Average Gaps and Oaxaca–Blinder Decompositions: A Cautionary Tale about Regression Estimates of Racial Differences in Labor Market Outcomes
No 12041, IZA Discussion Papers from Institute of Labor Economics (IZA)
In this paper I demonstrate, both theoretically and empirically, that the interpretation of regression estimates of between-group differences in economic outcomes depends on the relative sizes of subpopulations under study. When the disadvantaged group is small, regression estimates are similar to its average loss. When this group is instead a numerical majority, regression estimates are similar to the average gain for advantaged individuals. I analyze black–white test score gaps using ECLS-K data and black–white wage gaps using CPS, NLSY79, and NSW data, documenting that the interpretation of regression estimates varies dramatically across applications. Methodologically, I also develop a new version of the Oaxaca–Blinder decomposition whose unexplained component recovers a parameter referred to as the average outcome gap. Under a particular conditional independence assumption, this estimand is equivalent to the average treatment effect (ATE). Finally, I provide treatment-effects reinterpretations of the Reimers, Cotton, and Fortin decompositions.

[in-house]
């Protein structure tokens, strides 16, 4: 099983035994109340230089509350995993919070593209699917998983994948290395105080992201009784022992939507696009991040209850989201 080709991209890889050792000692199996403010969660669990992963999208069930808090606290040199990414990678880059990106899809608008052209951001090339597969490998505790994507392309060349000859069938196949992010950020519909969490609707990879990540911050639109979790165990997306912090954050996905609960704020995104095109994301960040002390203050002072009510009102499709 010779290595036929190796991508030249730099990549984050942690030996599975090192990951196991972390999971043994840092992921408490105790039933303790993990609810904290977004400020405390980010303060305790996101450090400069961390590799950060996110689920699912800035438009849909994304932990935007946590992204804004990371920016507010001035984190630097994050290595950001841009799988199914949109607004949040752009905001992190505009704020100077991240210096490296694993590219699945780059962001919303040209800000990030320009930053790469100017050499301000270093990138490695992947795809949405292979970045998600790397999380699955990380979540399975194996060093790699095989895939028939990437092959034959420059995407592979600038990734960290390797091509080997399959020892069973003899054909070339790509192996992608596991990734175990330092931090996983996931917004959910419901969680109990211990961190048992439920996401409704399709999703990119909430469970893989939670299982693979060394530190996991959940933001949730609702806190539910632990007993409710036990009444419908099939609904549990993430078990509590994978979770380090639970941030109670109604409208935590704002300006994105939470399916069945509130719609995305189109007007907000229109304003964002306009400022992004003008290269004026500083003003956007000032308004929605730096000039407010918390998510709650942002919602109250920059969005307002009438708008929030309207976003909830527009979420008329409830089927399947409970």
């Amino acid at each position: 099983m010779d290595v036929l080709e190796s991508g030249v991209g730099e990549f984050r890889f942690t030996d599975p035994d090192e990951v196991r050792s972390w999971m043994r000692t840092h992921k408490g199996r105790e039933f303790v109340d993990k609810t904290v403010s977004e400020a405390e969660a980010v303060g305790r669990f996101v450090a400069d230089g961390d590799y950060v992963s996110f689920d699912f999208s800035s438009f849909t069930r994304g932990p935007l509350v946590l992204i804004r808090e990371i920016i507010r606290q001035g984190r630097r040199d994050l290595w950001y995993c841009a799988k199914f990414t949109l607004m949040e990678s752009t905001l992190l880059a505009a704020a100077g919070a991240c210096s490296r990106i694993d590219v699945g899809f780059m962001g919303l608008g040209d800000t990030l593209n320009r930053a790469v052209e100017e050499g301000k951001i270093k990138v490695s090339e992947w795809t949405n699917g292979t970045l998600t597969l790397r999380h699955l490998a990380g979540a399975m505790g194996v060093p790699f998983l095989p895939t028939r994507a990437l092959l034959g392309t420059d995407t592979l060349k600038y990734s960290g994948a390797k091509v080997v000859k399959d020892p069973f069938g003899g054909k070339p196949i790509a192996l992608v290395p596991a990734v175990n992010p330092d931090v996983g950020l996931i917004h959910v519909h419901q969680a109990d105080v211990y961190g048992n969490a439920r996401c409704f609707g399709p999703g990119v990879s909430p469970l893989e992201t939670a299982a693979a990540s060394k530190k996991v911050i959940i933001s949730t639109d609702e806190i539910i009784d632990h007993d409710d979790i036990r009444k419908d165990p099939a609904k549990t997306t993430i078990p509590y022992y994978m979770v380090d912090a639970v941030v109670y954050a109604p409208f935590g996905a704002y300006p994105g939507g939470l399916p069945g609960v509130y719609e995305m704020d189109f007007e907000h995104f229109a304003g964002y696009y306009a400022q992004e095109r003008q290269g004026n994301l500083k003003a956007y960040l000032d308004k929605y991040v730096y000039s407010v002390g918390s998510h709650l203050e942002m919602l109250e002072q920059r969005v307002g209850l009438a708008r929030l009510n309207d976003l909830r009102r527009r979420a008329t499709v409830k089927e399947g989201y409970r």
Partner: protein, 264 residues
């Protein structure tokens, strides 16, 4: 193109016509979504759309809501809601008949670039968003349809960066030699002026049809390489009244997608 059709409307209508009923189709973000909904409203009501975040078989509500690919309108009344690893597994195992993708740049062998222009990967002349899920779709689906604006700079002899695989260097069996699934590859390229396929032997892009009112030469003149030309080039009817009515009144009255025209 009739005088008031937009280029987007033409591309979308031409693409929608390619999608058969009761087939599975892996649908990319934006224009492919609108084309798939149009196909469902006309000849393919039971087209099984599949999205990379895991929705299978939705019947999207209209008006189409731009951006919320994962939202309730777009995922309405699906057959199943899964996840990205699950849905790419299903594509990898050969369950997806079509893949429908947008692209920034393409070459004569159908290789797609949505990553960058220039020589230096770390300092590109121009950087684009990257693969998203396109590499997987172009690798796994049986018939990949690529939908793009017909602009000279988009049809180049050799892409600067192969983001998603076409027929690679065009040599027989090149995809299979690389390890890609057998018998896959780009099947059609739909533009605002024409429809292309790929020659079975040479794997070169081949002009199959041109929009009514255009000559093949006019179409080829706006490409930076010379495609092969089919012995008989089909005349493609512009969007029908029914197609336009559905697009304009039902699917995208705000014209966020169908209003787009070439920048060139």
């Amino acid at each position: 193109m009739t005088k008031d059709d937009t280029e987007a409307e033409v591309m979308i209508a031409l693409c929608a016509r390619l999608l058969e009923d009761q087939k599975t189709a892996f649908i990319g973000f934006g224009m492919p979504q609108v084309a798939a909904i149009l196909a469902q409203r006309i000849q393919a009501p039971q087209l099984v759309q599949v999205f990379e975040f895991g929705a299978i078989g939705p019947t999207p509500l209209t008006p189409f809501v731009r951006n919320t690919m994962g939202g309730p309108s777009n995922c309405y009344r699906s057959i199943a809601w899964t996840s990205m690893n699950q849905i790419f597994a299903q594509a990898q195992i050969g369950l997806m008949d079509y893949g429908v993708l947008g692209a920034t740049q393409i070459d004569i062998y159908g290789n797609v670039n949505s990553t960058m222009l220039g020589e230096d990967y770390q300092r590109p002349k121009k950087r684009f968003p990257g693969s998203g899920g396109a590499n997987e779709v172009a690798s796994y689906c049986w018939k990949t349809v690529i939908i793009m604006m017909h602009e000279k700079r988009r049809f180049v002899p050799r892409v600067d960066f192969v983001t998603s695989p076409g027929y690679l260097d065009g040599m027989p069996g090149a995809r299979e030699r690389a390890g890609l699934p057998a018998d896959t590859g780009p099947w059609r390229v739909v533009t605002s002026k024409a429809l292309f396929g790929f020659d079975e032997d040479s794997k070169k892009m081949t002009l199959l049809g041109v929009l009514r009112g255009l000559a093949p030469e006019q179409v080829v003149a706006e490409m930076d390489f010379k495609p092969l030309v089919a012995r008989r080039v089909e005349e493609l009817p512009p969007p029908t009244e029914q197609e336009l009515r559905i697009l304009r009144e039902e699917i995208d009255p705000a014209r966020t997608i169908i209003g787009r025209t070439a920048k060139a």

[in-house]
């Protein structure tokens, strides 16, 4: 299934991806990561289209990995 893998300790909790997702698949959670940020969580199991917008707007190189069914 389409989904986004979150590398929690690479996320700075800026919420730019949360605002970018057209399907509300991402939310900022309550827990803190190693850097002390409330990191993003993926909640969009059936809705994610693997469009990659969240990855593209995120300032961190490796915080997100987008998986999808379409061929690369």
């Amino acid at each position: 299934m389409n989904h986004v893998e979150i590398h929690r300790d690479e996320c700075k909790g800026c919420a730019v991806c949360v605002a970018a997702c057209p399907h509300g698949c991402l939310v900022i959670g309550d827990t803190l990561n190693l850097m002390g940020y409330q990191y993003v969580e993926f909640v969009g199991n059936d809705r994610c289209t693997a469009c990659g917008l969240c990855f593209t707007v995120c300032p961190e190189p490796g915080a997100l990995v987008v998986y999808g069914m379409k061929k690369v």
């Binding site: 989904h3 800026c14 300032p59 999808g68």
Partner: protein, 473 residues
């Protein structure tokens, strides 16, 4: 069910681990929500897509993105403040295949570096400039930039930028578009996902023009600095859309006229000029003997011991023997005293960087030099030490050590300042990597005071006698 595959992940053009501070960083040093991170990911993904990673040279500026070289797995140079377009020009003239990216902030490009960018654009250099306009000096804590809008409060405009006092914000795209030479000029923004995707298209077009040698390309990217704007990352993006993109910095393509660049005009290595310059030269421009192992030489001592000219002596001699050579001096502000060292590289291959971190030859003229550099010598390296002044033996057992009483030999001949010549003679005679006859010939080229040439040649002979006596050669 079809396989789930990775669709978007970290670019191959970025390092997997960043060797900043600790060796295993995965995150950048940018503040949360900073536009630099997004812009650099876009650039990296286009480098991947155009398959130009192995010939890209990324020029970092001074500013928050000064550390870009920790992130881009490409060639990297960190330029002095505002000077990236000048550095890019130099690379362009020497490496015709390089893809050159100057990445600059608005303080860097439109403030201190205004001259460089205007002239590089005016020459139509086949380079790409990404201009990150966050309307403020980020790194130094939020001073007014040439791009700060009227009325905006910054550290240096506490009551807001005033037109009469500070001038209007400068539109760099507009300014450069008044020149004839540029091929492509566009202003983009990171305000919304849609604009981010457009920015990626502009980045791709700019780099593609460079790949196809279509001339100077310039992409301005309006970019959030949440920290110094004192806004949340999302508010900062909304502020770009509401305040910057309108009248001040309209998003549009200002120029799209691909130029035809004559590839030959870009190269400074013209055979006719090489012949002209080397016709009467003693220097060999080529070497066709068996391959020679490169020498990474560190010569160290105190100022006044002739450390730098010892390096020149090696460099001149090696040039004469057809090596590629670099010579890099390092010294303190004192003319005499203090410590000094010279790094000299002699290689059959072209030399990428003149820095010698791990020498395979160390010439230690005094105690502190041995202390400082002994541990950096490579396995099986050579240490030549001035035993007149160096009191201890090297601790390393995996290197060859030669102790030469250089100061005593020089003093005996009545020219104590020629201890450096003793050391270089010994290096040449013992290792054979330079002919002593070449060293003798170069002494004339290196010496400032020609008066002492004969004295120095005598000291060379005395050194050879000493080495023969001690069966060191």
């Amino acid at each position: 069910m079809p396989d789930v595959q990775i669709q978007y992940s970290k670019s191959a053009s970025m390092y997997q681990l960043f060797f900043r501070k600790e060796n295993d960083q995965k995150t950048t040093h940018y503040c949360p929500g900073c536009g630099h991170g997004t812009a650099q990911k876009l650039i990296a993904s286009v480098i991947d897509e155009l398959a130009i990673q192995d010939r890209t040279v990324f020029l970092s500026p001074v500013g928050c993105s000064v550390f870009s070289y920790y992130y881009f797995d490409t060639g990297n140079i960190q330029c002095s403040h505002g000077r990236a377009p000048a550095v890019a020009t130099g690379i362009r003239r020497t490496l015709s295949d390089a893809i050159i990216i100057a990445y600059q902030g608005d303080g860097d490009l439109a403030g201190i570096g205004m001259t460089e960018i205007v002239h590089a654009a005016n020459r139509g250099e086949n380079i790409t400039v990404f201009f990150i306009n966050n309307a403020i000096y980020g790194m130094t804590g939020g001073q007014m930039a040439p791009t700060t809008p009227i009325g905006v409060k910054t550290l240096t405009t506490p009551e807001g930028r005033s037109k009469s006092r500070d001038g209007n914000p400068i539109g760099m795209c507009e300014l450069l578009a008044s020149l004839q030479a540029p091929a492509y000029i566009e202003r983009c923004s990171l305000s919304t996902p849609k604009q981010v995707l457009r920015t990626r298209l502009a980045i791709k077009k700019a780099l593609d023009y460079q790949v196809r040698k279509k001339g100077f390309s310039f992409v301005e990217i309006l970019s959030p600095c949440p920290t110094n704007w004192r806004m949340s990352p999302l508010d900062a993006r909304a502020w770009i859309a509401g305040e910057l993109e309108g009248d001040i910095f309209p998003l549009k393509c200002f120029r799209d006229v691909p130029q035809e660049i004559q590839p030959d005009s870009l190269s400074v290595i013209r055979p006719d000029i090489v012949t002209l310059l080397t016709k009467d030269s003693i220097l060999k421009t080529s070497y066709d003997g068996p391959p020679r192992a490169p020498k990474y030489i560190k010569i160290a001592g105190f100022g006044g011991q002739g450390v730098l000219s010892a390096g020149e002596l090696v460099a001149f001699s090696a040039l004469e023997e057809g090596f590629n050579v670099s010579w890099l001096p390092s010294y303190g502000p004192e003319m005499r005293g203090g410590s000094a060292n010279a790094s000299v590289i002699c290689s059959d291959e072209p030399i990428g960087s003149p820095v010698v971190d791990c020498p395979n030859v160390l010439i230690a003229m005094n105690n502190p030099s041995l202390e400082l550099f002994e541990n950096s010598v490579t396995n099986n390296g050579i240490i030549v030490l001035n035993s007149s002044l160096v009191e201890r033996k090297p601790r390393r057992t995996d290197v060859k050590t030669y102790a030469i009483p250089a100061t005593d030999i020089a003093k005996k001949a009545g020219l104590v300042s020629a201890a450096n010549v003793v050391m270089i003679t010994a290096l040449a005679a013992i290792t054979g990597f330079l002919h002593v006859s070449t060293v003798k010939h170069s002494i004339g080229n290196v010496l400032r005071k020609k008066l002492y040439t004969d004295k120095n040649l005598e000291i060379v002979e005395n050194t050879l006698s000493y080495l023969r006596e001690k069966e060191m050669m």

Keywords: black-white gaps; decomposition methods; test scores; treatment effects; wages (search for similar items in EconPapers)
JEL-codes: C21 I24 J15 J31 J71 (search for similar items in EconPapers)
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Forthcoming in: Industrial and Labor Relations Review
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Working Paper: Average Gaps and Oaxaca–Blinder Decompositions: A Cautionary Tale about Regression Estimates of Racial Differences in Labor Market Outcomes (2018)
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